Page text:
Why does Homeopathy (sometimes) fail?

Why does Homeopathy (sometimes) fail?

Homeopathy cannot fail! This is contrary to the universal principle/law of Similars (likes cures likes, where “likes” means “similars”). The “simillimum” will always generate a response from the organism; whether this response leads to a patient cure is determined by the patient’s own destiny. (The philosophy of the patient’s destiny, ie. the soul’s experience, is beyond the scope of this essay). Sometimes a particular individual is just meant to die (transition to the next dimension); they are incurable in this dimensional realm. Disease is what limits the individual’s freedom (on all levels: mental, emotional, spiritual, physical, etc.), to be who they are meant to be. We must remember though that we are experiencing the human material form, and we must do things within our capabilities to play out our human song (a concept derived from Rajan Sankaran’s Sensation method) at full volume. Healers/practitioners play a role in helping the human song to play out loud in those patients’ lives. This is all that matters, really…song

The homeopathic practitioner can certainly fail (…as to err is human…), by either selecting the incorrect remedy or by improper case management, even with the simillimum (or both). The patient also has to have a willingness to be cured (a will to live). It is pointless if the patient is “bluffing” or just playing a game. Healing originates from within (ie. the body’s own immune system) but the patient must allow or want this to happen. Some people prefer to live with a “symptom complex” in order to attract attention and sympathy that they deeply crave, or the illness might relinquish them from responsibility. A shallow-taken case that only focusses on local physical pathologies will only palliate or suppress based on local symptoms. A true constitutional case addresses the “core delusions” and perceptions (the “other” song) of the patient. This is where and when true healing begins. The practitioner must be careful though not to psycho-analyze the patient or to jump to conclusions.

Prognosis and the vitality of the patient go hand in hand. If the vitality (vital force) of the patient is good, it will activate the body’s own immune system for self-healing (as universally designed). This is a good prognosis. A good vitality is advantageous, but a weak vitality might only lead to palliation with low potencies. It does not mean though that the practitioner has to “change” the patient; in other words to change positive constitutional characteristics of that person to the opposite of what they are showing. Same goes for food likes/dislikes, etc. Just because someone dislikes apples, doesn’t mean that we have to change them to suddenly start liking apples…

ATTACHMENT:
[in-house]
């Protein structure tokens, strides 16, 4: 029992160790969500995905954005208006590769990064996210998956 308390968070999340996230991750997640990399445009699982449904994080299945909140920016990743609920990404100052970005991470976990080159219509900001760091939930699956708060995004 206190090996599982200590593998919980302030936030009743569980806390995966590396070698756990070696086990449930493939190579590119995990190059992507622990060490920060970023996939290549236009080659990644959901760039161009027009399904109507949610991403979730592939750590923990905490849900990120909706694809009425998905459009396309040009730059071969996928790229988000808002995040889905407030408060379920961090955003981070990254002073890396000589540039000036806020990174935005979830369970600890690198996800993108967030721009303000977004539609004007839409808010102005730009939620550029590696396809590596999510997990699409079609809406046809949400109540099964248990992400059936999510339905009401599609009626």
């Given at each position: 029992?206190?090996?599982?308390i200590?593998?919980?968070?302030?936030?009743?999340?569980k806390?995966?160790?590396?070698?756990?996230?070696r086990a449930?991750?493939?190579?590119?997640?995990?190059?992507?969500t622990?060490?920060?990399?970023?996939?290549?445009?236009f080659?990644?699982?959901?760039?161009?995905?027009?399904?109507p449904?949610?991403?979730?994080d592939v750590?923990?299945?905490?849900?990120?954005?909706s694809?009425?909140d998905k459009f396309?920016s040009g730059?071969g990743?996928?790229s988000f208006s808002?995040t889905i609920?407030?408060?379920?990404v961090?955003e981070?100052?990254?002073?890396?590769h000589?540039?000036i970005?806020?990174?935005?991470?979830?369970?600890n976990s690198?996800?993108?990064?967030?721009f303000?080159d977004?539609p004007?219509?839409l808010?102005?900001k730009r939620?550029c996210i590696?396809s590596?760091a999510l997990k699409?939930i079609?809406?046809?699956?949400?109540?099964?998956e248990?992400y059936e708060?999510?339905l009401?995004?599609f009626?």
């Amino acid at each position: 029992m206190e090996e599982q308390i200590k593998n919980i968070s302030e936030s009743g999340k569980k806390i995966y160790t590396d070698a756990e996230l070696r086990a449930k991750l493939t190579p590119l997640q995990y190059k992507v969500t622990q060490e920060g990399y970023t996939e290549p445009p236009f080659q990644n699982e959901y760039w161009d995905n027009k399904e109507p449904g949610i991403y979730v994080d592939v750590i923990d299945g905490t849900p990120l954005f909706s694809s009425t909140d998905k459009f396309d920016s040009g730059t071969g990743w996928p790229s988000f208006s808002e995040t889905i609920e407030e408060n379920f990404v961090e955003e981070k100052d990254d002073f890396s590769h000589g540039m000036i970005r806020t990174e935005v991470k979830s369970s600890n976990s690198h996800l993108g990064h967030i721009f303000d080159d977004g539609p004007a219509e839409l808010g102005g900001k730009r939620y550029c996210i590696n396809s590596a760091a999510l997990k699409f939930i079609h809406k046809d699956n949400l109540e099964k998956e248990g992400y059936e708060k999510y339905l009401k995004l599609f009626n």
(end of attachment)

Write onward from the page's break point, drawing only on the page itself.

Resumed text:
It is important to take into account the fundamental cause(s) of a disease, as discussed by Hahnemann in Aphorism §5. These causes are amongst other: body constitution, mental and emotional character, occupation, lifestyle and habits, civic and domestic relationships, age, sexual function, etc. There are certainly more perceived factors to take into account in our mhomeopathy-bottles-5odern times, like real and perceived stress (work and home), etc. Together with these causative factors, are other antidoting factors (the commonly known factors being coffee and camphor, or even suppression by prescription medications) and other obstacles to cure (§77). The patient must be made aware of these factors in order to give the remedy the best possible chance to affect a cure.

How can we best select an effective remedy? More importantly: how can we select the simillimum? I think the first step to success is for the practitioner to be totally impartial and unbiased towards the patient (and themselves) during the case-taking and the case analysis. To be an unprejudiced observer! The subsequent steps are to find out what is to be cured in the patient. This does not necessarily mean the physical symptoms, but what within the patient needs to be cured. Remember, it is the patient (who has the symptoms) that needs to be cured. The symptoms are our guide. It is important to know what is curative in remedies. In other words, what are the proving symptoms of remedies (compiled into our Materia Medicas). Once proving symptoms are matched to patient symptoms and the case is managed effectively, recovery must result, as stated in Aphorism §3 of the Organon.

“…In this way, recovery must result…

…If the physician has this insight, discernment, knowledge and awareness

then he understands how to act expediently and thoroughly, and he is a genuine practitioner of the medical art…”

Hahnemann did not write the Organon only for medical practitioners, he prescribed the book itself to patients to read. The Organon is itself a remedy of the highest potency, acting dynamically in relation to each reader, and acting differently with each reading. Maybe all practitioners should endeavor to provide a copy of the Organon, together with the remedy, to each patient. This completes the simillimum prescription, and hopefully a life-long cure.Samuel_Hahneman

Bibliography

  • The Organon of the Medical Art, Samuel Hahnemann (Wenda Brewster O’Reilly translation)
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